To appreciate this element of design we need to examine the potential for a "focal point" or central point" of interest within an image.
The reason a focal point is important is that when you look at an image your eye will generally need a ‘resting place’ or something of interest to really hold it.
A focal point can be virtually anything ranging from a person, to a building, to a mountain, to a flower etc. Obviously the more interesting the focal point the better – but there are other things you can consider when using this including:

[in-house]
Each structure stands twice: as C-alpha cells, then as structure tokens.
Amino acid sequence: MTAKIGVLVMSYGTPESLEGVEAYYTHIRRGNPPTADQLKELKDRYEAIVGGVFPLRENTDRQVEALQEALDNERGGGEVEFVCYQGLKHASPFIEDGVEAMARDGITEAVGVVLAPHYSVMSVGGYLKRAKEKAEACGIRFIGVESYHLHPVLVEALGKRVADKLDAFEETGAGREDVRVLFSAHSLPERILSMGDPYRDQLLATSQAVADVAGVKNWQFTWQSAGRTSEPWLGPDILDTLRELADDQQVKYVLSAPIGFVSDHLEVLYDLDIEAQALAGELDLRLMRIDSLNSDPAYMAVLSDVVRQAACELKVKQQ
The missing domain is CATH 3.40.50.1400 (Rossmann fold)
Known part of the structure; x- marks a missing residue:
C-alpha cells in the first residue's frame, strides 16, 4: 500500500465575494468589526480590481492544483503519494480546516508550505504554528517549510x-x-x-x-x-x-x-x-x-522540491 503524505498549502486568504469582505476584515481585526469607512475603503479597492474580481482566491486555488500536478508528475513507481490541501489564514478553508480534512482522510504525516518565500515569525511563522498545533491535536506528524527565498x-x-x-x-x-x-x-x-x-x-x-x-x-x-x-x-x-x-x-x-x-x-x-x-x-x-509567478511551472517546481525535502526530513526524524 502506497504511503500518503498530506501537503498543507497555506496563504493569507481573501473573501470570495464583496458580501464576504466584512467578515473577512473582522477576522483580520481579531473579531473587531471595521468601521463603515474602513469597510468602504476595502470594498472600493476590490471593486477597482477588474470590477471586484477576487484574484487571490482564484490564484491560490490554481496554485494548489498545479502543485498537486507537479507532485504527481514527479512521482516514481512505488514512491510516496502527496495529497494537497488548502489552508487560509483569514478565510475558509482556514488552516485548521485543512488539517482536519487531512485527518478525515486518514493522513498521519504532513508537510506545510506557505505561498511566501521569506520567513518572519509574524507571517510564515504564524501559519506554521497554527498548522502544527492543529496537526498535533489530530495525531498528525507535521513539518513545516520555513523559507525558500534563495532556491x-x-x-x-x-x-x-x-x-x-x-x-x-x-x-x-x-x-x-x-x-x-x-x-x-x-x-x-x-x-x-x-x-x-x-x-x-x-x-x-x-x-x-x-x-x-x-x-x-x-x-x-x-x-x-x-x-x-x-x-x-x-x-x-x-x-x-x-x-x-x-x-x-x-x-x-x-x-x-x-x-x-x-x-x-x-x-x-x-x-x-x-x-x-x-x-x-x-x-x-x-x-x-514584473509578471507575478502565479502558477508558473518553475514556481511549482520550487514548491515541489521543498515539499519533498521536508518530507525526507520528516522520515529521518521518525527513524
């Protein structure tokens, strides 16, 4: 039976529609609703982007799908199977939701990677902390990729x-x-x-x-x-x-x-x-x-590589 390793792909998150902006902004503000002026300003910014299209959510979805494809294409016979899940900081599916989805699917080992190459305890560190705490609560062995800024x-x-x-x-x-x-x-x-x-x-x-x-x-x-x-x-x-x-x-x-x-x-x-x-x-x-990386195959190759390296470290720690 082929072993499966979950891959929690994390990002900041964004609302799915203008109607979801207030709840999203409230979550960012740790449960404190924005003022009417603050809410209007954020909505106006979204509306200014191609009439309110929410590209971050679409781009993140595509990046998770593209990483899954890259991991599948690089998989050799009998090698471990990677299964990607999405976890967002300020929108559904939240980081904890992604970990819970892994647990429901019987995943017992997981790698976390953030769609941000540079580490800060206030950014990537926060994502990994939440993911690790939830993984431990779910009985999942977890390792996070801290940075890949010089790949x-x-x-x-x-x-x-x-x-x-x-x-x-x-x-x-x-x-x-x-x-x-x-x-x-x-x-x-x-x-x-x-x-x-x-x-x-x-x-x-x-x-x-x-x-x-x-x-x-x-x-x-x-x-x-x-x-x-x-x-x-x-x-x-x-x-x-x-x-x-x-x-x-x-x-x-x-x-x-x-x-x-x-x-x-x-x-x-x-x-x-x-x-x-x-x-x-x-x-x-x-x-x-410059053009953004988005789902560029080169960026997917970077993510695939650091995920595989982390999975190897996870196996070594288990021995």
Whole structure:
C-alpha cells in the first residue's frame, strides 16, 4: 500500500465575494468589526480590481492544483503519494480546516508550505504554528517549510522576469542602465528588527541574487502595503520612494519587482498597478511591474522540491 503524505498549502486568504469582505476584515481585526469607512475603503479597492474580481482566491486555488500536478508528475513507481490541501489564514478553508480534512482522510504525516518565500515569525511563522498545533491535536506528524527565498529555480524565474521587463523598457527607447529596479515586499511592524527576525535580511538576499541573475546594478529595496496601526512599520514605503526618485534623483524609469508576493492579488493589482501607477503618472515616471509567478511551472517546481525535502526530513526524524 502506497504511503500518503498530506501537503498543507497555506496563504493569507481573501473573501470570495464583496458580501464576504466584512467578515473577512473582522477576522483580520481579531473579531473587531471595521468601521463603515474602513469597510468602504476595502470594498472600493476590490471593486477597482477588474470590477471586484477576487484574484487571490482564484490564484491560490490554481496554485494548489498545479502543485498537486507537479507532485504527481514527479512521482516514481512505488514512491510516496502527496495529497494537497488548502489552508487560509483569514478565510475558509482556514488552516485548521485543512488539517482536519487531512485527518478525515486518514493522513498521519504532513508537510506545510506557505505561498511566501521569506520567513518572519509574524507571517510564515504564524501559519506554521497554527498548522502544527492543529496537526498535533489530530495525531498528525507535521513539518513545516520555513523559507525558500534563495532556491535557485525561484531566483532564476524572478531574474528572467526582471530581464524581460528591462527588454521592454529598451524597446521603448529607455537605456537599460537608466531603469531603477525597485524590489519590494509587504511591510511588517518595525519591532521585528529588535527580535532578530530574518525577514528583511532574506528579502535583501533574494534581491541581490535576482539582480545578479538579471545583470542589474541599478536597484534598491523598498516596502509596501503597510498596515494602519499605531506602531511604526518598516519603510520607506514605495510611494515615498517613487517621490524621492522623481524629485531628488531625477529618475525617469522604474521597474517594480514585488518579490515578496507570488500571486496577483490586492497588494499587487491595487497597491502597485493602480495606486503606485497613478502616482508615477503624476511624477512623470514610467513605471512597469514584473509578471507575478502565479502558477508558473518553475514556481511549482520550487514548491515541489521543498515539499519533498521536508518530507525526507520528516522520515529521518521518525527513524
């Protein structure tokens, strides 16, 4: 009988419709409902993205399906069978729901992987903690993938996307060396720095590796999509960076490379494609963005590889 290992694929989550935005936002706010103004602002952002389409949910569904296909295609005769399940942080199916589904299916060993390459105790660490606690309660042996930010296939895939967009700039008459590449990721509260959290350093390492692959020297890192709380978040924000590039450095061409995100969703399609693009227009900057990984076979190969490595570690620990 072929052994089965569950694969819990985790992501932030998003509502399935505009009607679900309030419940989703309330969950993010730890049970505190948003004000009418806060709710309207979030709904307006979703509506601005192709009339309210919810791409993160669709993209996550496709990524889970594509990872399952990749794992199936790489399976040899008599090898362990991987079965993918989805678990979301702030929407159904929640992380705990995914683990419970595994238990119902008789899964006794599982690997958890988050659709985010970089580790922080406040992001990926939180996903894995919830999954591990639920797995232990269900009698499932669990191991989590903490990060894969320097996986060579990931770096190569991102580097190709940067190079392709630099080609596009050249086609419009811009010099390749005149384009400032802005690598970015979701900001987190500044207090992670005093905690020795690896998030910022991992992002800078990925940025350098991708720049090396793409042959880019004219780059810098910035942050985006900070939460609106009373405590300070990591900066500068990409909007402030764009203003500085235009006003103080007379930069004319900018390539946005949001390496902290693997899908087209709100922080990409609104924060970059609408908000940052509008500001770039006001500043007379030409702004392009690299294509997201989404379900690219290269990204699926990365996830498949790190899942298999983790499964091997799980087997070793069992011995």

- Position – Place it in a prominent position – This ideally using the "rule of thirds" or the "golden section" to establish the correct position.
- Focus – Using "Depth of Field" to blur out other aspects in front or behind your focal point.
- Blur/Motion – Isolate the subject using shutter speed to blur the surroundings/background or alternatively capture the motion.
- Size – making your focal point large is not the only way to make it prominent – but it can help if it remains within context.
- Colour – using contrasting colours to isolate or seperate your point of interest apart from it’s surroundings.
- Shape – contrasting shapes and textures can make a subject stand out – especially patterns that are repeated around a subject.
- Context - or using the unusual. This can be accomplished by placing the subject in an unexpected setting or against a background that contrasts with the subject context.